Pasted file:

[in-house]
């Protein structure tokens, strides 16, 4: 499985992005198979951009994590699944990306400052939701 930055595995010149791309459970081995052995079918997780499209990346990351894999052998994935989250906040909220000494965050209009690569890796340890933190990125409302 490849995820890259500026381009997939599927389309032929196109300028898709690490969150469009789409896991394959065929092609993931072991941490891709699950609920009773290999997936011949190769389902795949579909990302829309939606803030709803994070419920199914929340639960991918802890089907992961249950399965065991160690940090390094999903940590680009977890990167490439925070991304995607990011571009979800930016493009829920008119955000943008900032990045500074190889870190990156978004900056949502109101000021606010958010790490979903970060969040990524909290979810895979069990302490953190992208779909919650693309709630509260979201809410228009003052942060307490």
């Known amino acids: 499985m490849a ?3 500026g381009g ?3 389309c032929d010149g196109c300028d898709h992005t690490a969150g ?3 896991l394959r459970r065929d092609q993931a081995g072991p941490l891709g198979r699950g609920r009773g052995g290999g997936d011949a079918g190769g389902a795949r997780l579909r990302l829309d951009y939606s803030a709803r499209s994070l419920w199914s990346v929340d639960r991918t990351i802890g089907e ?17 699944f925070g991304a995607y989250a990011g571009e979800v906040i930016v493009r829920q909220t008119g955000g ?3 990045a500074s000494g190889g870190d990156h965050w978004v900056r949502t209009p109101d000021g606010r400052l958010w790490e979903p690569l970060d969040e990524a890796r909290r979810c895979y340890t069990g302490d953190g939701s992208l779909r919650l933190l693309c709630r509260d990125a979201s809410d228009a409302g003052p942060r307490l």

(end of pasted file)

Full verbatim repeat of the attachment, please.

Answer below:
[in-house]
């Protein structure tokens, strides 16, 4: 499985992005198979951009994590699944990306400052939701 930055595995010149791309459970081995052995079918997780499209990346990351894999052998994935989250906040909220000494965050209009690569890796340890933190990125409302 490849995820890259500026381009997939599927389309032929196109300028898709690490969150469009789409896991394959065929092609993931072991941490891709699950609920009773290999997936011949190769389902795949579909990302829309939606803030709803994070419920199914929340639960991918802890089907992961249950399965065991160690940090390094999903940590680009977890990167490439925070991304995607990011571009979800930016493009829920008119955000943008900032990045500074190889870190990156978004900056949502109101000021606010958010790490979903970060969040990524909290979810895979069990302490953190992208779909919650693309709630509260979201809410228009003052942060307490």
């Known amino acids: 499985m490849a ?3 500026g381009g ?3 389309c032929d010149g196109c300028d898709h992005t690490a969150g ?3 896991l394959r459970r065929d092609q993931a081995g072991p941490l891709g198979r699950g609920r009773g052995g290999g997936d011949a079918g190769g389902a795949r997780l579909r990302l829309d951009y939606s803030a709803r499209s994070l419920w199914s990346v929340d639960r991918t990351i802890g089907e ?17 699944f925070g991304a995607y989250a990011g571009e979800v906040i930016v493009r829920q909220t008119g955000g ?3 990045a500074s000494g190889g870190d990156h965050w978004v900056r949502t209009p109101d000021g606010r400052l958010w790490e979903p690569l970060d969040e990524a890796r909290r979810c895979y340890t069990g302490d953190g939701s992208l779909r919650l933190l693309c709630r509260d990125a979201s809410d228009a409302g003052p942060r307490l």